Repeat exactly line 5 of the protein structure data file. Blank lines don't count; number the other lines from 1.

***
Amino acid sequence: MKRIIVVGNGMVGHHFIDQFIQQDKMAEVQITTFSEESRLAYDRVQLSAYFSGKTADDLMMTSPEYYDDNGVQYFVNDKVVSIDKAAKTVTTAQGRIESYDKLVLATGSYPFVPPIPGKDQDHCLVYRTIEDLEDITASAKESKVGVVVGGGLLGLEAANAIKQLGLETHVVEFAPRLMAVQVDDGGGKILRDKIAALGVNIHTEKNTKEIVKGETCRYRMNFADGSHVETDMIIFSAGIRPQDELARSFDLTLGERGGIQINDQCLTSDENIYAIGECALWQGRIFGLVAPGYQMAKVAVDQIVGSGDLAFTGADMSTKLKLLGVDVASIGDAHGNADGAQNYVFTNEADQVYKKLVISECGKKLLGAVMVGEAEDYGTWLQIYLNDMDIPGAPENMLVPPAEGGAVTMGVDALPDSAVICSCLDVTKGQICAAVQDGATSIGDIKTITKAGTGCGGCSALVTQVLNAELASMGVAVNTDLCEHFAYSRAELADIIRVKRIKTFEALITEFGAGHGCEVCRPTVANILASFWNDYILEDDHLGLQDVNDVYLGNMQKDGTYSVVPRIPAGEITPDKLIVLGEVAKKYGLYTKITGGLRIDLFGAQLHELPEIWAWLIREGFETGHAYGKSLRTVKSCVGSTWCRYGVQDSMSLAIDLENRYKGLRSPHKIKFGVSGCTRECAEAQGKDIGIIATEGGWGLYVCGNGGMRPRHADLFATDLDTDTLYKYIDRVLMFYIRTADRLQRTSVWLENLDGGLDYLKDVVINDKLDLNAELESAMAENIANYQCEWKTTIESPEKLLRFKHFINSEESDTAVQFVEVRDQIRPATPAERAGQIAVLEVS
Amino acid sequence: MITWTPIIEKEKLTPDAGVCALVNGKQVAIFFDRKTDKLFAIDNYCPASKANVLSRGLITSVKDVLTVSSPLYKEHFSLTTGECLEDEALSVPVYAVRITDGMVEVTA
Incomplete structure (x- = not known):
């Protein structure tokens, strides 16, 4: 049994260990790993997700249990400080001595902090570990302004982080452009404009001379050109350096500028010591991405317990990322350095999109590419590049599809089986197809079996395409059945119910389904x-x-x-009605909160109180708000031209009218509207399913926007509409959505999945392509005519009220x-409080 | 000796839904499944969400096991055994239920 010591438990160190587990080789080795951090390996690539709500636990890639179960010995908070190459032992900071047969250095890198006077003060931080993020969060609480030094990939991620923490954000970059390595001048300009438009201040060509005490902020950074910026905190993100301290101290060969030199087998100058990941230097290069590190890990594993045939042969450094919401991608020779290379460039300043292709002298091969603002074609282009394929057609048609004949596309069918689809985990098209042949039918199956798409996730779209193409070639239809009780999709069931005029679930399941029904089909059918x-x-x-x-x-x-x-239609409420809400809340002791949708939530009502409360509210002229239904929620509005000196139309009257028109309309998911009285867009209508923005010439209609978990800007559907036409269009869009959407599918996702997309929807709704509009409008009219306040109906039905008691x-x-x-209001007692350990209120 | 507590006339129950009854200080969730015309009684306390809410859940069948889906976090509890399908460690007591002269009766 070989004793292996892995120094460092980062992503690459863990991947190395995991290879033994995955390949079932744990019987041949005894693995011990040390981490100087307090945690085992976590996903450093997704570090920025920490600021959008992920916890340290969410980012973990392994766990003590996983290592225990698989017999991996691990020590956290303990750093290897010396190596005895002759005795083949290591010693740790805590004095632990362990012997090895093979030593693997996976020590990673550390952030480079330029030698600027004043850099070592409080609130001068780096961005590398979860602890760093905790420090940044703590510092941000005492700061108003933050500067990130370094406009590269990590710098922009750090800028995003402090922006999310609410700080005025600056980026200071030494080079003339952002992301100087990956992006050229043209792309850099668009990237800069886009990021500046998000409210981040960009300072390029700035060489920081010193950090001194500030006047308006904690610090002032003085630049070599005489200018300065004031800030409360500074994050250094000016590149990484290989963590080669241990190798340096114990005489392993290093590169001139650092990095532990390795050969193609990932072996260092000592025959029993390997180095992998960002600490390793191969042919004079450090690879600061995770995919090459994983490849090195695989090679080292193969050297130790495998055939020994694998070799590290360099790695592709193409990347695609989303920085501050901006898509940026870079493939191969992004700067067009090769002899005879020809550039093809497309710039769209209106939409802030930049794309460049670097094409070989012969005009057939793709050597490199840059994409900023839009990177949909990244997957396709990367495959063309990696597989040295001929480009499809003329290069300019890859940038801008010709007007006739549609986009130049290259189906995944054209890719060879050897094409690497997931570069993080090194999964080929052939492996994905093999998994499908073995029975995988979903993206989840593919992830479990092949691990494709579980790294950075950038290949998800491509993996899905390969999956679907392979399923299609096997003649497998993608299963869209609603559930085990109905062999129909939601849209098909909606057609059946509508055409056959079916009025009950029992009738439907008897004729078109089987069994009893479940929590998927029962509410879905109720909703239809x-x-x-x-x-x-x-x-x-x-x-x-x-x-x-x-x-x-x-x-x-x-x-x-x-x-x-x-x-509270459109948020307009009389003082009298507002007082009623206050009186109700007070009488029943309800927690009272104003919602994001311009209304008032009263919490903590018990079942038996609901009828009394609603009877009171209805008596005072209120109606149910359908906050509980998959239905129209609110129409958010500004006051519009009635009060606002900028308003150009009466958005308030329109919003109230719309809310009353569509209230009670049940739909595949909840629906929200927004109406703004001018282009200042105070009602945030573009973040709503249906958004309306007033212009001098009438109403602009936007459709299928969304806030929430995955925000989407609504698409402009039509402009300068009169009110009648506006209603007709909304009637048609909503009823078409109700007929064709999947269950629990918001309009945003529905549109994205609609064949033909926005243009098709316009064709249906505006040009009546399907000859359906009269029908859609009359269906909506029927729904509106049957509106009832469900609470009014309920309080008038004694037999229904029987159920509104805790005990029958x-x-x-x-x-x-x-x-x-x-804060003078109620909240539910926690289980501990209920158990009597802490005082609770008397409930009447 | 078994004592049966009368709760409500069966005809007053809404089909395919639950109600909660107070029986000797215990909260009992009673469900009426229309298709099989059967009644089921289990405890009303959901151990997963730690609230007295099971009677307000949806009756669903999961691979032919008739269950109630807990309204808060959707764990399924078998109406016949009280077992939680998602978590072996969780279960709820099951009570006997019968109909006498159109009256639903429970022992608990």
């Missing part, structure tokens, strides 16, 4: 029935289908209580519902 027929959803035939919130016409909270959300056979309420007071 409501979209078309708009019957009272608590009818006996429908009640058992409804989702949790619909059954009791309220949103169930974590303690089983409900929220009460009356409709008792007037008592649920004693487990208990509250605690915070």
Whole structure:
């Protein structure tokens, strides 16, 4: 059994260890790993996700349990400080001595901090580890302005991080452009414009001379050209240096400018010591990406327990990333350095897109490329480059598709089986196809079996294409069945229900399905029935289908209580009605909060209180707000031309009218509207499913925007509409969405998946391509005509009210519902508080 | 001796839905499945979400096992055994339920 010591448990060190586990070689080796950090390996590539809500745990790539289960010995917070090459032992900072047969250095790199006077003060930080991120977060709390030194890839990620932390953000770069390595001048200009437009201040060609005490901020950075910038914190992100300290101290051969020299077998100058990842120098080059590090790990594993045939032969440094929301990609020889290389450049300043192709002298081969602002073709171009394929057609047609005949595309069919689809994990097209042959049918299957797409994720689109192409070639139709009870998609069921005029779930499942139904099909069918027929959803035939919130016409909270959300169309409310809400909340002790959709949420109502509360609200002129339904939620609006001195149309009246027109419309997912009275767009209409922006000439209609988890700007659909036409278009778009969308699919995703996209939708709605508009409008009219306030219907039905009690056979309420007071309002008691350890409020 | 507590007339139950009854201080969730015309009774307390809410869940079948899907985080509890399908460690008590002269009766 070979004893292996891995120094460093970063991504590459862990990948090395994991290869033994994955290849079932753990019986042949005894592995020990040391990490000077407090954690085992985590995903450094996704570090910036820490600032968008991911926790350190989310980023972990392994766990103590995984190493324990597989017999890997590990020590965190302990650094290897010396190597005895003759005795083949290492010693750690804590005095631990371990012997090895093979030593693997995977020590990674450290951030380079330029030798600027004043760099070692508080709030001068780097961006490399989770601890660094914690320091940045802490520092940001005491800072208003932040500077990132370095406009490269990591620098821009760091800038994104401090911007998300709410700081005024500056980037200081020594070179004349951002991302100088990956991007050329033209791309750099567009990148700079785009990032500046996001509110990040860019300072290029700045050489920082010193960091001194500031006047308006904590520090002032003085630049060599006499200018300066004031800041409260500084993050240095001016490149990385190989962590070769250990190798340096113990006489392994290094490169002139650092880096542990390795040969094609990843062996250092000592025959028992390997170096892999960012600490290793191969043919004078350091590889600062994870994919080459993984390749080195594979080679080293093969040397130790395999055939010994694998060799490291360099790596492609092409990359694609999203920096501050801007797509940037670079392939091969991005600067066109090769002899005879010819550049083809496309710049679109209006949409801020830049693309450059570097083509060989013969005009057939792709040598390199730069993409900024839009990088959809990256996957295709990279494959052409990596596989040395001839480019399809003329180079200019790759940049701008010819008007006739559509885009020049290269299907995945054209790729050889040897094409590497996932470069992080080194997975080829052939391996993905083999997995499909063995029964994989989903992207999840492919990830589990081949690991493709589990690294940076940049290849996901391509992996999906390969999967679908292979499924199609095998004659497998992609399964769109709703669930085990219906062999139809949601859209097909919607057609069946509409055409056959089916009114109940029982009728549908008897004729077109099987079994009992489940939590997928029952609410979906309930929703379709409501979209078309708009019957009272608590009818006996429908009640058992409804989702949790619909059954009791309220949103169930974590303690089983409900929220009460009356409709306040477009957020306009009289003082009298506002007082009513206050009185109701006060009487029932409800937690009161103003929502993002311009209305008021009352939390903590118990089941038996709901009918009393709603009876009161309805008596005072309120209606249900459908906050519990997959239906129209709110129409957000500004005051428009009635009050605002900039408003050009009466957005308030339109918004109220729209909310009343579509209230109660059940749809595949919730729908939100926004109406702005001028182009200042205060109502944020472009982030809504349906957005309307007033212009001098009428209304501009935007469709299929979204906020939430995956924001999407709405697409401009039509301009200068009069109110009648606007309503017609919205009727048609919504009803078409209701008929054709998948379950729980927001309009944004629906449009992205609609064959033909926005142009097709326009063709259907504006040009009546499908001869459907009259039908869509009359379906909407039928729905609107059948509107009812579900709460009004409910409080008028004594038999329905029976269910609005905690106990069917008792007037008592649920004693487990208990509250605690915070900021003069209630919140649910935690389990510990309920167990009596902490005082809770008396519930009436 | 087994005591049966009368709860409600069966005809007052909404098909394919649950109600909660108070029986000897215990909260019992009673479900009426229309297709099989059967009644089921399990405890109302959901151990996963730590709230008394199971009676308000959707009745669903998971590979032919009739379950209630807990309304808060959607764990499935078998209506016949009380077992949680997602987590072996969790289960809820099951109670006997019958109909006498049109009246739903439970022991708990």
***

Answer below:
């Missing part, structure tokens, strides 16, 4: 029935289908209580519902 027929959803035939919130016409909270959300056979309420007071 409501979209078309708009019957009272608590009818006996429908009640058992409804989702949790619909059954009791309220949103169930974590303690089983409900929220009460009356409709008792007037008592649920004693487990208990509250605690915070």